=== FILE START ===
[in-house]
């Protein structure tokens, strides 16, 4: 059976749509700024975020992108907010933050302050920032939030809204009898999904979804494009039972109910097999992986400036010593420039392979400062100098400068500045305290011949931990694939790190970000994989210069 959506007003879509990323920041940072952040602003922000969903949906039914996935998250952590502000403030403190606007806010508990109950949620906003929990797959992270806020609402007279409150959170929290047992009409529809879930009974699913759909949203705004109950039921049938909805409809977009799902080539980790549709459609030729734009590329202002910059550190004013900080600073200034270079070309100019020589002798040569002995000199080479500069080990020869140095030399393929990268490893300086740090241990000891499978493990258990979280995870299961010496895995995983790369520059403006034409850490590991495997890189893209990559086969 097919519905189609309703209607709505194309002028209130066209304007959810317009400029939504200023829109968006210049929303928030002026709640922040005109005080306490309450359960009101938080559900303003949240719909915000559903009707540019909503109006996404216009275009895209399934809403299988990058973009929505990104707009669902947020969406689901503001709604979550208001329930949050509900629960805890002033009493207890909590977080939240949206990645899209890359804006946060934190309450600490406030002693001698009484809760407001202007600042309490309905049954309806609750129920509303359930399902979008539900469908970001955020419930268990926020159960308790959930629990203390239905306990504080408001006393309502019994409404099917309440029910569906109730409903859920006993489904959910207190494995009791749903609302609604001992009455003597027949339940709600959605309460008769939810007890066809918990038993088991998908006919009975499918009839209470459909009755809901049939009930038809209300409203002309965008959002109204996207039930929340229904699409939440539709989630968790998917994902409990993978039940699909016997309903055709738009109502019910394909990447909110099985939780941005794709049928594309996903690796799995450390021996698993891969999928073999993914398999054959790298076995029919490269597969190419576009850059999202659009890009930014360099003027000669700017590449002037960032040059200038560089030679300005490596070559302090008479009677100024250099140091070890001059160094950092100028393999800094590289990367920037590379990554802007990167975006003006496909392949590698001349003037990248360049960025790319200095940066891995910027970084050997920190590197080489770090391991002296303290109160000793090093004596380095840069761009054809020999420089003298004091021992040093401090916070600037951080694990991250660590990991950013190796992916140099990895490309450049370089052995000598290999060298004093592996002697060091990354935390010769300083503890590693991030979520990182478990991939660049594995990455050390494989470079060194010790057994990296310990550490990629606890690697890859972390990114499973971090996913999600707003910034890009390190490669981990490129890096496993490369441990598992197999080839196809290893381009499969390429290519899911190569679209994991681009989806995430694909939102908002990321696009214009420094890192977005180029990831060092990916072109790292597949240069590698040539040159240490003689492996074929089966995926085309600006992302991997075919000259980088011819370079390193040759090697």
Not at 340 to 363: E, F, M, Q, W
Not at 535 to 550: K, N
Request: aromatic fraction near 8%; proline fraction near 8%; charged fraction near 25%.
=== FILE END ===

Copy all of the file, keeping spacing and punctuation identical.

[in-house]
């Protein structure tokens, strides 16, 4: 059976749509700024975020992108907010933050302050920032939030809204009898999904979804494009039972109910097999992986400036010593420039392979400062100098400068500045305290011949931990694939790190970000994989210069 959506007003879509990323920041940072952040602003922000969903949906039914996935998250952590502000403030403190606007806010508990109950949620906003929990797959992270806020609402007279409150959170929290047992009409529809879930009974699913759909949203705004109950039921049938909805409809977009799902080539980790549709459609030729734009590329202002910059550190004013900080600073200034270079070309100019020589002798040569002995000199080479500069080990020869140095030399393929990268490893300086740090241990000891499978493990258990979280995870299961010496895995995983790369520059403006034409850490590991495997890189893209990559086969 097919519905189609309703209607709505194309002028209130066209304007959810317009400029939504200023829109968006210049929303928030002026709640922040005109005080306490309450359960009101938080559900303003949240719909915000559903009707540019909503109006996404216009275009895209399934809403299988990058973009929505990104707009669902947020969406689901503001709604979550208001329930949050509900629960805890002033009493207890909590977080939240949206990645899209890359804006946060934190309450600490406030002693001698009484809760407001202007600042309490309905049954309806609750129920509303359930399902979008539900469908970001955020419930268990926020159960308790959930629990203390239905306990504080408001006393309502019994409404099917309440029910569906109730409903859920006993489904959910207190494995009791749903609302609604001992009455003597027949339940709600959605309460008769939810007890066809918990038993088991998908006919009975499918009839209470459909009755809901049939009930038809209300409203002309965008959002109204996207039930929340229904699409939440539709989630968790998917994902409990993978039940699909016997309903055709738009109502019910394909990447909110099985939780941005794709049928594309996903690796799995450390021996698993891969999928073999993914398999054959790298076995029919490269597969190419576009850059999202659009890009930014360099003027000669700017590449002037960032040059200038560089030679300005490596070559302090008479009677100024250099140091070890001059160094950092100028393999800094590289990367920037590379990554802007990167975006003006496909392949590698001349003037990248360049960025790319200095940066891995910027970084050997920190590197080489770090391991002296303290109160000793090093004596380095840069761009054809020999420089003298004091021992040093401090916070600037951080694990991250660590990991950013190796992916140099990895490309450049370089052995000598290999060298004093592996002697060091990354935390010769300083503890590693991030979520990182478990991939660049594995990455050390494989470079060194010790057994990296310990550490990629606890690697890859972390990114499973971090996913999600707003910034890009390190490669981990490129890096496993490369441990598992197999080839196809290893381009499969390429290519899911190569679209994991681009989806995430694909939102908002990321696009214009420094890192977005180029990831060092990916072109790292597949240069590698040539040159240490003689492996074929089966995926085309600006992302991997075919000259980088011819370079390193040759090697």
Not at 340 to 363: E, F, M, Q, W
Not at 535 to 550: K, N
Request: aromatic fraction near 8%; proline fraction near 8%; charged fraction near 25%.